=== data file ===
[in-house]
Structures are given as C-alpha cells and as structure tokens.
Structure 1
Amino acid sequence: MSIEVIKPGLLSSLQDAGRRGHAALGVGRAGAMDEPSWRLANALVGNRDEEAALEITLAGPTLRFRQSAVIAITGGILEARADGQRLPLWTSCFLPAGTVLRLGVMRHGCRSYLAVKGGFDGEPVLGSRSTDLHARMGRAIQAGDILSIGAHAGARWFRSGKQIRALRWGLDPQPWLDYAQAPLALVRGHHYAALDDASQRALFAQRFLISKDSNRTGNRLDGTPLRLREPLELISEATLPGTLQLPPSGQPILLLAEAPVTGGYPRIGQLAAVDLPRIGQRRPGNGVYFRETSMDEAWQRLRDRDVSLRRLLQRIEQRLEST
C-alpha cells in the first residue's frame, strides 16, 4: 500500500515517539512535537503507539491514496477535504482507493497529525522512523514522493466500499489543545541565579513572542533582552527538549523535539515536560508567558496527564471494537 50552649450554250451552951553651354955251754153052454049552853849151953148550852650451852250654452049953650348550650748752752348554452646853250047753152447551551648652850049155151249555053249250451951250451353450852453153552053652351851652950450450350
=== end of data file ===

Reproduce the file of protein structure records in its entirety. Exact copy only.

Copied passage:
[in-house]
Structures are given as C-alpha cells and as structure tokens.
Structure 1
Amino acid sequence: MSIEVIKPGLLSSLQDAGRRGHAALGVGRAGAMDEPSWRLANALVGNRDEEAALEITLAGPTLRFRQSAVIAITGGILEARADGQRLPLWTSCFLPAGTVLRLGVMRHGCRSYLAVKGGFDGEPVLGSRSTDLHARMGRAIQAGDILSIGAHAGARWFRSGKQIRALRWGLDPQPWLDYAQAPLALVRGHHYAALDDASQRALFAQRFLISKDSNRTGNRLDGTPLRLREPLELISEATLPGTLQLPPSGQPILLLAEAPVTGGYPRIGQLAAVDLPRIGQRRPGNGVYFRETSMDEAWQRLRDRDVSLRRLLQRIEQRLEST
C-alpha cells in the first residue's frame, strides 16, 4: 500500500515517539512535537503507539491514496477535504482507493497529525522512523514522493466500499489543545541565579513572542533582552527538549523535539515536560508567558496527564471494537 50552649450554250451552951553651354955251754153052454049552853849151953148550852650451852250654452049953650348550650748752752348554452646853250047753152447551551648652850049155151249555053249250451951250451353450852453153552053652351851652950450450350